Sunday, May 26, 2024

Review: “Spider Man: No Way Home” Is the Blockbuster (Yet Sad) Ending to Tom Holland’s First Trilogy



I guess it’s safe to say that everything you’ve heard about “Spider Man: No Way Home” is true, and then some. For the third part of his trilogy starring Tom Holland, Jon Watts has thrown in everything but the kitchen sink. The only thing missing, really, is the original “Spider Man” music. I always remember I think in Tobey Maguire‘s second film that music being played on violin. Other than that, everything you can imagine has been stuffed into this two and a half hour blockbuster.

Is “No Way Home” long? Yes. It didn’t have to be, but it takes time to scatter Easter eggs on the lawn of a movie. And there are a lot of them. I’m not allowed to say what they are, but you can kind of guess. And even, not really. Suffice to say, when Dr. Strange, played by potential Oscar nominee from another movie Benedict Cumberbatch, unleashes the multi-verse by accident — similar to Aunt Clara making a bad potion on “Bewitched” — we are reunited with a lot of old friends.

The spoilers are, I can’t tell you what these people do or how much they do it. But it’s a lot.

You do know that a lot of villains come pouring out of the woodwork from the seven previous “Spider Man” movies. They are played with gusto by Alfred Molina, Willem Dafoe, and Jamie Foxx. There are several others and you’ll be happy to see them, although Peter Parker and Dr. Strange are not, and have to deal with them quickly.

This is the crux of the movie: send all these visitors from other universes back where they will have died already, or rehabilitate them for better lives. Peter, who still insists he’s 17 (Holland is 25) and remains naive after two movies in this series, thinks that can happen. Is it possible? As Dr. Strange notes, he’s still a kid.

Here are some takeaways from “No Way Home”: Zendaya, who plays MJ, is a star. I said that after “Malcolm and Marie,” but she’s headed for really big things. Holland is, too, if he can make the jump from “Spider Man.” He actually reminds me of the young Mickey Rooney, which is a huge compliment.What I really got out of this is that Amy Pascal, the producer of these films, is a genius. That Kevin Feige really knows how to make these Marvel films work like Swiss clocks.

All the guest stars are top notch, although I must say that seeing Alfred Molina return to the fold was a kick, he is brilliant. Ditto Willem Dafoe. The two of them came from the first trilogy with Tobey Maguire and still play off each other as if it were all fresh. Jamie Foxx is a force of nature. And he does get in a line about never expecting to see a Black Spider Man. Well, maybe one day.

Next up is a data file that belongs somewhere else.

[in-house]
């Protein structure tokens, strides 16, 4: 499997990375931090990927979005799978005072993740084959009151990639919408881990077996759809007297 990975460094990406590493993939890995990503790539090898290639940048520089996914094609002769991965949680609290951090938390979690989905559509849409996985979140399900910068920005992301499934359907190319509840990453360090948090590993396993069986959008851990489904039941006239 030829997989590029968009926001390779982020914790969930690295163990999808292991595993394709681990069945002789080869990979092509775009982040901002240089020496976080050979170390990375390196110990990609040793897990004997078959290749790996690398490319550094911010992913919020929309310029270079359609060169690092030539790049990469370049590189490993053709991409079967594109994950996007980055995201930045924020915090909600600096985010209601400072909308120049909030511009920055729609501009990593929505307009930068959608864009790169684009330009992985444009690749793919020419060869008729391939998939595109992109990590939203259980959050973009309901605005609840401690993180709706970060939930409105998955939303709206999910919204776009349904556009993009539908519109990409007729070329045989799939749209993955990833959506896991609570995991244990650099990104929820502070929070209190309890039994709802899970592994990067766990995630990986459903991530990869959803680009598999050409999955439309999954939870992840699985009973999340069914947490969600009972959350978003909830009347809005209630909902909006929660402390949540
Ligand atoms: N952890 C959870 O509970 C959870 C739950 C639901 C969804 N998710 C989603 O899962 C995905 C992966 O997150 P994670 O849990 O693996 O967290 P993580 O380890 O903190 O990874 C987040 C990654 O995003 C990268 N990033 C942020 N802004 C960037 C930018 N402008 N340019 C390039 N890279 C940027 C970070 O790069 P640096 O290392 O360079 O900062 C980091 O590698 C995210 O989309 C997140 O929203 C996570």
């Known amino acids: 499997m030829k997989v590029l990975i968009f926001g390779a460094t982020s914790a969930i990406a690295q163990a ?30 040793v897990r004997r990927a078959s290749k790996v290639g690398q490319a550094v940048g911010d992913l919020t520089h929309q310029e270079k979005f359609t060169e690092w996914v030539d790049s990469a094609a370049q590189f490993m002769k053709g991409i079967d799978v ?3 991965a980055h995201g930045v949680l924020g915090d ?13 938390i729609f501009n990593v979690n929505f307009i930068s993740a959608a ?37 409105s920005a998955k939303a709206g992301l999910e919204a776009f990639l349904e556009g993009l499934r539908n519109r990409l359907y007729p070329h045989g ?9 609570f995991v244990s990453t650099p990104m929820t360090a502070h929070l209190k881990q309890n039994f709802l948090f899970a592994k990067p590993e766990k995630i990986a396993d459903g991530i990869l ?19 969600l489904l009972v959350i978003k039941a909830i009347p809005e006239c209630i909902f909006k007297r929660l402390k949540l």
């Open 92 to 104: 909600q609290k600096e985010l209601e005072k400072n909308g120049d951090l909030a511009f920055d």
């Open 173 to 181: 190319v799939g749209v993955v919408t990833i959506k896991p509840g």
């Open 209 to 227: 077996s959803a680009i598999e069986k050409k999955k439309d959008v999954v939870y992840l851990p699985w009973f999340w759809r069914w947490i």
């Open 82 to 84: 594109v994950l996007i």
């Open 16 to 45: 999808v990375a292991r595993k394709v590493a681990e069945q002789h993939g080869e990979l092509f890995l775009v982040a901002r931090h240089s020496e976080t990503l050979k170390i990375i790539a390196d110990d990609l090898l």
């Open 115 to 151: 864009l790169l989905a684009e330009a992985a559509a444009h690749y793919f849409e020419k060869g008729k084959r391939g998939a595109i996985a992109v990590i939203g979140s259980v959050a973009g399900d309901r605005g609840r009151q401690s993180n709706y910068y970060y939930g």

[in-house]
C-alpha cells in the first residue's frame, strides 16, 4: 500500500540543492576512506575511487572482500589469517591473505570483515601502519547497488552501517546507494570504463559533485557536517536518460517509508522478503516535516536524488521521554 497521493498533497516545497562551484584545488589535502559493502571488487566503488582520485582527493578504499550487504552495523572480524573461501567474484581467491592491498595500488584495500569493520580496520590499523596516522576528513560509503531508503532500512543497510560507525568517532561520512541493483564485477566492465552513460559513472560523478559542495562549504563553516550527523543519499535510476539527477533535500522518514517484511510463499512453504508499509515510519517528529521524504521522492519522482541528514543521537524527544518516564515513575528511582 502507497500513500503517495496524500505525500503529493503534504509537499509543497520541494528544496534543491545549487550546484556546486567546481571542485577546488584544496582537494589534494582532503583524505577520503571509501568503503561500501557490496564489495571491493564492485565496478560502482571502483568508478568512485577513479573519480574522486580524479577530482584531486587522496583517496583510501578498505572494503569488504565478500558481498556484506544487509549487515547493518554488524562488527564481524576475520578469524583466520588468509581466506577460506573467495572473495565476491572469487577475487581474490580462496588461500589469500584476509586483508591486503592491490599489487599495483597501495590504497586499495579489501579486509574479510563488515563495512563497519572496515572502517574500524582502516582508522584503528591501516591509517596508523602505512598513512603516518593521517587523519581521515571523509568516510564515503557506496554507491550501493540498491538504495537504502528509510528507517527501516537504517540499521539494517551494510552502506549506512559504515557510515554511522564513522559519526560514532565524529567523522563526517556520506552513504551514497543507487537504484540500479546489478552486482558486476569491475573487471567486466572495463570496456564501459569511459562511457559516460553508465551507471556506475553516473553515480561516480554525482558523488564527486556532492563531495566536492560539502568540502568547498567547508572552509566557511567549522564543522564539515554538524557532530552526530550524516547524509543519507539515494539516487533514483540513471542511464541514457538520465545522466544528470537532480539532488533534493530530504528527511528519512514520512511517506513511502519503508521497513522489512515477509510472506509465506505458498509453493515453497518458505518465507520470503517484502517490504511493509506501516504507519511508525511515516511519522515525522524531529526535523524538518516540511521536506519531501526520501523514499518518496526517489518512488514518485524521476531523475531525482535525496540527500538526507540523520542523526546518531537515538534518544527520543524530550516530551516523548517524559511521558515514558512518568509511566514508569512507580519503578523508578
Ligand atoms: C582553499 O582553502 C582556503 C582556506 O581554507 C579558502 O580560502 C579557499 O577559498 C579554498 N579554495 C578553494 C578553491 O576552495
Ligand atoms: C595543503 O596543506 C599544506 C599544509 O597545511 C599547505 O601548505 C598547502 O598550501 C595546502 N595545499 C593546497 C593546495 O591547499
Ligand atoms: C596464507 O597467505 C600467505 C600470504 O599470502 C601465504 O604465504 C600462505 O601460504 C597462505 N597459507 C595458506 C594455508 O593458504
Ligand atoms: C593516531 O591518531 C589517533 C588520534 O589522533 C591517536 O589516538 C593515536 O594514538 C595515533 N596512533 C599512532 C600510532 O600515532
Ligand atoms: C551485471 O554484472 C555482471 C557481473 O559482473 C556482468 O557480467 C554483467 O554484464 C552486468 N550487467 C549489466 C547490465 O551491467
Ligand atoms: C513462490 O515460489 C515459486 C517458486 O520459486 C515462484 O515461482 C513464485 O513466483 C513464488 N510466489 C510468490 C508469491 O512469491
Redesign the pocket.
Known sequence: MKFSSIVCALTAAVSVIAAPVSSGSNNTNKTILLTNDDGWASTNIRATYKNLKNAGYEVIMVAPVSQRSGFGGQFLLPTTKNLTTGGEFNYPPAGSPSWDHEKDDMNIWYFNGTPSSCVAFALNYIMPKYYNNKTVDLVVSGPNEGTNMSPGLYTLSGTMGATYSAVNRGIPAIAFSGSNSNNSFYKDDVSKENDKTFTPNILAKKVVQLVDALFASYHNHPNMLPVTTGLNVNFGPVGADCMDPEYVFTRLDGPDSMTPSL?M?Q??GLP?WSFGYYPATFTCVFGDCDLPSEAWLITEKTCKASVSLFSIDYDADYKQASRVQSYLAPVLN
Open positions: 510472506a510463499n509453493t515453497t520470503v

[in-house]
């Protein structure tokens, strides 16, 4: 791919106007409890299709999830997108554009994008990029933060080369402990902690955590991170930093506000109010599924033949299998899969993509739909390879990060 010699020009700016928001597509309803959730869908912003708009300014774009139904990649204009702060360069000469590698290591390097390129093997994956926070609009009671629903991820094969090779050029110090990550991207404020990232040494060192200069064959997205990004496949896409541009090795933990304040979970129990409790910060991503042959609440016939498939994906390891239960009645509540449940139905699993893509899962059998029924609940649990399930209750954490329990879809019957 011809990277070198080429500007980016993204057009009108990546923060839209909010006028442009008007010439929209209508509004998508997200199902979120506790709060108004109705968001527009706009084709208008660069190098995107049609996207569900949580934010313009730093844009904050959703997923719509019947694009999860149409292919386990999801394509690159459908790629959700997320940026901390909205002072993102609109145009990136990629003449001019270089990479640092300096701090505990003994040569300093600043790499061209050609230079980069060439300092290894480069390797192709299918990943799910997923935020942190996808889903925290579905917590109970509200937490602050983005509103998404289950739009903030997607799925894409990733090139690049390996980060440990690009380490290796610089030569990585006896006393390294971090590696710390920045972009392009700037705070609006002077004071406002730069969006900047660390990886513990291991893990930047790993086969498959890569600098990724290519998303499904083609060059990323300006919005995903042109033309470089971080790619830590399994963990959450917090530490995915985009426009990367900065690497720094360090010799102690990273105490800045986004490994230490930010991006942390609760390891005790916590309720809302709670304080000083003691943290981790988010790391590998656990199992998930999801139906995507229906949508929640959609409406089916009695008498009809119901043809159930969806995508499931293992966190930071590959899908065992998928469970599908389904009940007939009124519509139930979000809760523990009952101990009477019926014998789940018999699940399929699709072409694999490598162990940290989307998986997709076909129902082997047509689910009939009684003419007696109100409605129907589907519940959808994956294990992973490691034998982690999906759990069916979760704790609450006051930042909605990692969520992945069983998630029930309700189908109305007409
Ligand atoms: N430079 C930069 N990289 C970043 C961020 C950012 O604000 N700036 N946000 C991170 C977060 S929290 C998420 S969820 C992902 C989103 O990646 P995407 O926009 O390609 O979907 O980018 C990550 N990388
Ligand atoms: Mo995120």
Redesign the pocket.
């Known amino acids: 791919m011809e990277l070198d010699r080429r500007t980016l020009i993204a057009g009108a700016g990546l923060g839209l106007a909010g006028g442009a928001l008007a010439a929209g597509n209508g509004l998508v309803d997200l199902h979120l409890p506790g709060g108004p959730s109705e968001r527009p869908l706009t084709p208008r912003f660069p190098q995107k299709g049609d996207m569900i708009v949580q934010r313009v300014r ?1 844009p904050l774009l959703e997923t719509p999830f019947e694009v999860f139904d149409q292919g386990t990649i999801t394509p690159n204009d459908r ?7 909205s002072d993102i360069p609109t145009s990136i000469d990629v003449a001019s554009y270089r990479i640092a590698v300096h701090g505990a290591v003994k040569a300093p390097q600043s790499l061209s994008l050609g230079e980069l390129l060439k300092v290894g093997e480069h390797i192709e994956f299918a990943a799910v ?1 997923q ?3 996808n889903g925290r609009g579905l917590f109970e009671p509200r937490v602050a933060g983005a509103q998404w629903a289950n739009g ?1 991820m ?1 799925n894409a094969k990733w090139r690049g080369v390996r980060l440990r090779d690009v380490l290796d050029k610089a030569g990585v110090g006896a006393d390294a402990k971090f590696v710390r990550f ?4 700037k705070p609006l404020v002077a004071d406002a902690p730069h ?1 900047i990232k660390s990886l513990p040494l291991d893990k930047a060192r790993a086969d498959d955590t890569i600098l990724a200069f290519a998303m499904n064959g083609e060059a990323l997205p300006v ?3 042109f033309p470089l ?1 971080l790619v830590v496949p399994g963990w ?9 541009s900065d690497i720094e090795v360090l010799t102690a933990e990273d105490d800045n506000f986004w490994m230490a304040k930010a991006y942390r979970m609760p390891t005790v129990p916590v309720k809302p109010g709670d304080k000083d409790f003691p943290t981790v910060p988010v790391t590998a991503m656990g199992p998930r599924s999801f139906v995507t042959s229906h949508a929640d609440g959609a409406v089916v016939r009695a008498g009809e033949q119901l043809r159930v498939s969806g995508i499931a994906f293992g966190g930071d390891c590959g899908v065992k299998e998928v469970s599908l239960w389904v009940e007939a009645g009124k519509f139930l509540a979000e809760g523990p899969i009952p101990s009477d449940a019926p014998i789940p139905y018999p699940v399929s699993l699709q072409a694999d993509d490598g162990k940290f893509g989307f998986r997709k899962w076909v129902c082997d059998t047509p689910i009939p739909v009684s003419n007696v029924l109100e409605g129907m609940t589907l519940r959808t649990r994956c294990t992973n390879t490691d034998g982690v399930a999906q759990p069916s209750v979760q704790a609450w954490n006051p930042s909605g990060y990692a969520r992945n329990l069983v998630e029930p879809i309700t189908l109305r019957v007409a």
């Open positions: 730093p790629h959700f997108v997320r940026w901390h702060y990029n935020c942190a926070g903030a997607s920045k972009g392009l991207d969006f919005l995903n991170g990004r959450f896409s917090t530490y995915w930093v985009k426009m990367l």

The movie has a substantial bit of Dr. Strange, so it’s Cumberbatch Season what with “The Power of the Dog.” He’s been a little bit of a slow starter but at this point you can say that BC is a Movie Star. He’s also an actor’s actor. It’s time he came to New York theater. He’s really found the groove to make this super hero stuff seem like it’s damn important.

Marisa Tomei gets more to do here than in the first two Holland films, and that’s always a good thing. It’s also time for her to get back to making Oscar level movies.

There’s some snappy writing thanks to Chris McKenna and Erik Sommers’ script. I don’t know if someone punched it up with jokes, but I laughed out loud a few times. The Feige method is to make Marvel superheroes glib and fast on their feet with one liners. It works.

Do I wish this audience would go see “West Side Story”‘ and “Belfast”? Yes, please. If your theater is sold out for “Spider Man,” try one of those. Do I wihs I could tell you more? I do, because there is a fun story arc and a sad one, and if you like this stuff you will smile and tear up. But that’s all I can say until after the weekend is over.

And no, no one falls off a Peloton bike to their doom.

PS As with all Marvel movies, you must sit through the credits to the very end. There are two PS scenes and the second one is like its own movie. Don’t leave!

Prediction addendum: “Spider Man” will save movie theaters. See my next story on this movie. It’s already selling out for Thursday previews everywhere.

Roger Friedman
Roger Friedman
Roger Friedman began his Showbiz411 column in April 2009 after 10 years with Fox News, where he created the Fox411 column. His movie reviews are carried by Rotten Tomatoes, and he is a member of both the movie and TV branches of the Critics Choice Awards. His articles have appeared in dozens of publications over the years including New York Magazine, where he wrote the Intelligencer column in the mid 90s and covered the OJ Simpson trial, and Fox News (when it wasn't so crazy) where he covered Michael Jackson. He is also the writer and co-producer of "Only the Strong Survive," a selection of the Cannes, Sundance, and Telluride Film festivals, directed by DA Pennebaker and Chris Hegedus.

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